The lowkey Republican attorney gained national attention when he joined two Democrats last November in voting to grant the state’s 16 electoral votes to Joe Biden – amid intense pressure from national and state Republican officials to delay the certification. “We must not attempt to exercise power we don’t have,” Van Langevelde said at the time in voting to certify the results.
Van Langevelde’s term expired last month, and the state’s Republican Party did not renominate him after his pivotal vote. He was replaced by Michigan conservative activist Tony Daunt, who praised his predecessor’s “honor and integrity.”
In Pennsylvania, in what the state’s Democratic Gov. Tom Wolf described as “human error” in Boockvar’s office, election officials failed to advertise an amendment to the state constitution that would have extended the timeline for survivors of child-sexual abuse to pursue legal action against their abusers. Boockvar resigned February 5.
Wolf said Boockvar’s departure was not related the administration of the 2020 election, which he described as “fair and accurate.” But he said the mistake was “heartbreaking for thousands of survivors of childhood sexual assault.”
In Georgia, the decision by the elections board on Tuesday to terminate Barron was a direct outgrowth of the 2020 election and has set off a scramble over who is in charge of elections in a county with roughly 800,000 voters.
Barron oversaw a June primary plagued by long voting lines and complaints that voters had failed to receive their absentee ballots by mail. Subsequent elections, including the January 5 Senate runoff elections, however, appeared to operate more smoothly.
In voting Tuesday to remove Barron, board members cited the need to improve the administration of elections. “This is not political,” said Kathleen Ruth, a Republican appointee on the elections board. “This is a bipartisan vote. The department needs new leadership that can take Fulton to the next level.”
Barron did not respond to interview requests after Tuesday’s vote. But in a recent interview with CNN, he said he was discouraged by the criticism after a 21-year career. He described racial taunts against his staff and harassment of election workers as they ran multiple elections amid the coronavirus outbreak.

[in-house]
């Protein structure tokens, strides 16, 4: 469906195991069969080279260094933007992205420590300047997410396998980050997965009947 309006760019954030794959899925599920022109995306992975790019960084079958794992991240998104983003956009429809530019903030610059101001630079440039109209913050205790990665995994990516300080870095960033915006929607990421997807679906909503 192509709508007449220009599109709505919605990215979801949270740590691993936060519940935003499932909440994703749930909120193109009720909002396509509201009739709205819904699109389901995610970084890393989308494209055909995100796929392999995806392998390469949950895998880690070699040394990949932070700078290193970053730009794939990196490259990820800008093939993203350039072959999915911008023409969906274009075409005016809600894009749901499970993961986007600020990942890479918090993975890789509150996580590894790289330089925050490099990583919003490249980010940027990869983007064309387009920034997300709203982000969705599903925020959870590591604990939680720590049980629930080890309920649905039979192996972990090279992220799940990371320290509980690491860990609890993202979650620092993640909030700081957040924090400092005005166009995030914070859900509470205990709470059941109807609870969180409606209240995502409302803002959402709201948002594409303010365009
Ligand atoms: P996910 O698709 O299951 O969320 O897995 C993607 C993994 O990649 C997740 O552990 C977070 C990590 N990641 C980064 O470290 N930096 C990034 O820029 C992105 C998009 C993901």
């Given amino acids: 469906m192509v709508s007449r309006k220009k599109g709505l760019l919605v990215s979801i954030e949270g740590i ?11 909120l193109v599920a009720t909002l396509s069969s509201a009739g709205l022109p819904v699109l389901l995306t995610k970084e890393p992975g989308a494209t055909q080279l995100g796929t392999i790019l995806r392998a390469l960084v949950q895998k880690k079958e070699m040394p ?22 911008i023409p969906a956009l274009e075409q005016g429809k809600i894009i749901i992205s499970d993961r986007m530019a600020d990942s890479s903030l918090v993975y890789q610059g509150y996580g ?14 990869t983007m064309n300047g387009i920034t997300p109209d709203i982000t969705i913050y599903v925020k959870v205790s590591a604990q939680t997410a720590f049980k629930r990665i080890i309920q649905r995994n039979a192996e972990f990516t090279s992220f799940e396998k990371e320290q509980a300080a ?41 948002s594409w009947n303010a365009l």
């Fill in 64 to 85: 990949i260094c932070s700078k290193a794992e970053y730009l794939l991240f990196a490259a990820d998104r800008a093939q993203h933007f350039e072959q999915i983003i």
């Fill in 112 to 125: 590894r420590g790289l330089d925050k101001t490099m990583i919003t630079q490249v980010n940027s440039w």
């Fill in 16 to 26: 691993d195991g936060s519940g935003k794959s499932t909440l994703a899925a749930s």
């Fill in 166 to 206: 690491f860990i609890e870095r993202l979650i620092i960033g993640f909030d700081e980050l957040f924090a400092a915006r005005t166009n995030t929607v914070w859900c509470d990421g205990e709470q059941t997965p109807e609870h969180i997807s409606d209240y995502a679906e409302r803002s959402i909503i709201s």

“No matter what we did, no one was happy with anything,” he said.
Barron had been particularly outspoken about the conspiracy theories that arose around voting in Fulton County once Biden won the presidential race in Georgia. A prosecutor in Fulton County recently announced she was investigating Trump for his “attempts to influence the administration of the 2020 Georgia general election.”
The probe stems from a call Trump made to Georgia Secretary of State Brad Raffensperger that urged the Raffensperger to “find” votes. In the call, Trump made repeated references to unproven allegations of fraud in Fulton County.
This week, Carter Jones, a nonpartisan monitor assigned to review Fulton County’s operations, told the state elections board that he uncovered signs of “systemic disorganization” in the election office. But Jones said he found no evidence of “illegality, fraud or intentional malfeasance” and added that firing Barron was “not a shortcut to fixing” mismanagement issues.
A county spokeswoman said Barron remains in his post for the time being, after the county’s board of commissioners deadlocked by a 3-3 vote Wednesday on whether to ratify the elections board’s decision.
The county commission is expected to revisit Barron’s future at its next meeting on March 3.
CNN’s Haley Burton contributed to this story.